CS 636 Operating Systems

Lecture: Tue and Thu 9:55am-11:40am, ED 310

Final: Tuesday, May 14th at 10:00am-12:00pm


Instructor: Greg Benson
Phone: 415.422.5066
Office: Harney 533
Office Hours: Tue/Thu 3:00pm-4:30pm, Wed 2:00pm-4:00pm, and by appointment

Course Objectives and Topics

In this course we will investigate the design and implementation of scalable storage systems and scalable run-time execution environments.  Examples of such systems include the Google File System, Amazon's Dynamo, Cassandra, Riak, MongoDB, Google's MapReduce, AppEngine and Hadoop.  Many of these systems are the foundations for what is called Cloud Computing.  While we will look at programming some of these systems our main goal will be to understand how such systems are built and look for opportunities to improve the state of the art.  This is a seminar style course in which we will read many academic research papers that describe and evaluation different scalable system designs.  In addition, you will work on projects related building scalable systems and applications.  You final project will be an independent research project that will include an implementation, experimentation, report, and final presentation. 

This is a demanding class and probably unlike some of the other graduate courses you have taken at USF.  I expect you have taken a rigorous undergraduate operating systems course and that you are comfortable with programming in C, Java, and Python.  Initially, reading the technical papers will be time consuming, but you will get better as you gain more experience.

Learning Outcomes

On completion of this course the student should be able to accomplish the following:
  • Understand the fundamental need for scalable systems.
  • Understand the restrictions found in the underlying hardware and software using for building scalable systems.
  • Explain the current state of the art in building scalable systems.
  • Design and develop scalable storage and computation systems.
  • Read and evaluate operating systems research papers.
  • Communicate effectively in a technical group discussion.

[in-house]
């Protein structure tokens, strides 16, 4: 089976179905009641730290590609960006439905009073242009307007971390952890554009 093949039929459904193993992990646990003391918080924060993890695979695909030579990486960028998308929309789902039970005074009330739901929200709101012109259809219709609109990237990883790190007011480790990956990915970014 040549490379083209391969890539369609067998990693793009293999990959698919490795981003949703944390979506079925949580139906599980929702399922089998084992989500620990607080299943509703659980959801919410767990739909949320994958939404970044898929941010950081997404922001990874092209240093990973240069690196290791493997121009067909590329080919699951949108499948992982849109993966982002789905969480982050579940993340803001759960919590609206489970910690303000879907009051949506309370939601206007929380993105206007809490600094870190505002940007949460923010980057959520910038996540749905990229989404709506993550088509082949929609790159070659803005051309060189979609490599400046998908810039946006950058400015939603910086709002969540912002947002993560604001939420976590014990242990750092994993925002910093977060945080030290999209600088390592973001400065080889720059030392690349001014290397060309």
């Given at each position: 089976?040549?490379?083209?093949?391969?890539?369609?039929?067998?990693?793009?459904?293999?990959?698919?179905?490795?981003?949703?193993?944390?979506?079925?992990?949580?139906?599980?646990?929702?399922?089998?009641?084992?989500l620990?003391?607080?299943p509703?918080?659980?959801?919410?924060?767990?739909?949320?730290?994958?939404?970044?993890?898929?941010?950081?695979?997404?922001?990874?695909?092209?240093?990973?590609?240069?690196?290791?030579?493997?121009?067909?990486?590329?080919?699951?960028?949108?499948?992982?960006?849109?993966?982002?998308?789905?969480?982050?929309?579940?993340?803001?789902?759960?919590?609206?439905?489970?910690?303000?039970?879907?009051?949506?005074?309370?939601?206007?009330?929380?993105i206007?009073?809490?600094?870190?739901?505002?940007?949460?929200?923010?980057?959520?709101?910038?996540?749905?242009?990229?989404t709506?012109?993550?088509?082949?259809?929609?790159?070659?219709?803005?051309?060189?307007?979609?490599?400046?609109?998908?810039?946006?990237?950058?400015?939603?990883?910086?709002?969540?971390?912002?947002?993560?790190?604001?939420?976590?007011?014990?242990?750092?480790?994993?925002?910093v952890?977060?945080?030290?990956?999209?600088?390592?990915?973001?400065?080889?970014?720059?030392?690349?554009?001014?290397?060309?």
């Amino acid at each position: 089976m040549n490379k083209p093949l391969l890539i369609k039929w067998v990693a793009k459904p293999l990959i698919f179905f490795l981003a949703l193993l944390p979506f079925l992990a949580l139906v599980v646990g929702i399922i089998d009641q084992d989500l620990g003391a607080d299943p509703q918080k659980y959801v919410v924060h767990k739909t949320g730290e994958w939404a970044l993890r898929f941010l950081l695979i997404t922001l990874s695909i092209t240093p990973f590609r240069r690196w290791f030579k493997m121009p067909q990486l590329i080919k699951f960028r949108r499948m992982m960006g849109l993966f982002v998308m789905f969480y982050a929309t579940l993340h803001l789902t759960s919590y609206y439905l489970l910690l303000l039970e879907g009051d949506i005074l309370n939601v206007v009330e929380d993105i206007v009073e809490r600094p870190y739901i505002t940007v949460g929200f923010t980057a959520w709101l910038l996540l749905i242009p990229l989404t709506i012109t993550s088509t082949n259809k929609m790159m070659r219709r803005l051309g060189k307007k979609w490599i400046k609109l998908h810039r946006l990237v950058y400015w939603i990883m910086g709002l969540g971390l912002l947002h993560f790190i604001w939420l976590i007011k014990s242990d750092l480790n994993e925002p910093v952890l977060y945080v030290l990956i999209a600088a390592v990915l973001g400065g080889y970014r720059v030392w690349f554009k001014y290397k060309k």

• Carry out a systems research experiment and write up a technical report that summarizes the results.


As mentioned above, you should have taken an undergraduate operating systems course that required you to build and understand the major components of an operating systems kernel.
  • CS 326 Operating Systems or equivalent.
  • Useful classes: assembly, data structures and algorithms, and networks.
  • Experience with C, Java, and Python.
  • Experience with using UNIX/Linux via the shell.
I will review some foundational OS material, but you are unfamiliar or need a refresher on certain topics, you should consult a good OS text book.  The book we use in CS 326 is:

Operating Systems Concepts, 8th Edition
Silberschatz, Galvin, and Gagne
John Wiley & Sons., Inc.
ISBN: 978-0-470-12872-5

Course Materials

There are no required textbooks for this course.  I will make available research papers for you to read and we will be using online documentation for Android.  There are many references for C, Java, and Python and some good online resources.



 Paper evaluations
 Participation 10%
 Midterms (2) 20%
 Projects 50%


All assignments will be worth 100 points.  Grading will be done on an absolute scale:

 Min A-
 Min B-
 Min C-
 Min D-

If you score 90% or higher will be guaranteed an A-.

For each evaluation and each class discussion you will be given a Check-, Check, or Check+.  These are equivalent to:

 Check 80
 Check- 70
 N/A 0

In some cases I may assign an in-between grade or a Check-- for very poor performance.

Due Dates and Attendance

Assignments must be turned in on time to receive credit.  Except in the most extreme situations, late assignments will not be accepted.  If you cannot complete an assignment by the due date, hand in whatever you have done in order to receive partial credit.

Because 10% of your grade comes from class participation, class attendance is required.

Cheating and Plagiarism

Each student is to do his or her own work for the paper evaluations and projects.  Group projects are an exception.  For the paper evaluations you will need to write original documents.  Do not try to obtain text from the Internet or other sources.  It is easy to spot and easy to find with modern search engines.  If you are caught cheating or plagiarizing (e.g., collaboration, copying on exams, cutting and pasting text) I will assign you a F for the course and you will be reported to the Dean.

Course Mailing List and Website

We have a class mailing list:

Course Website: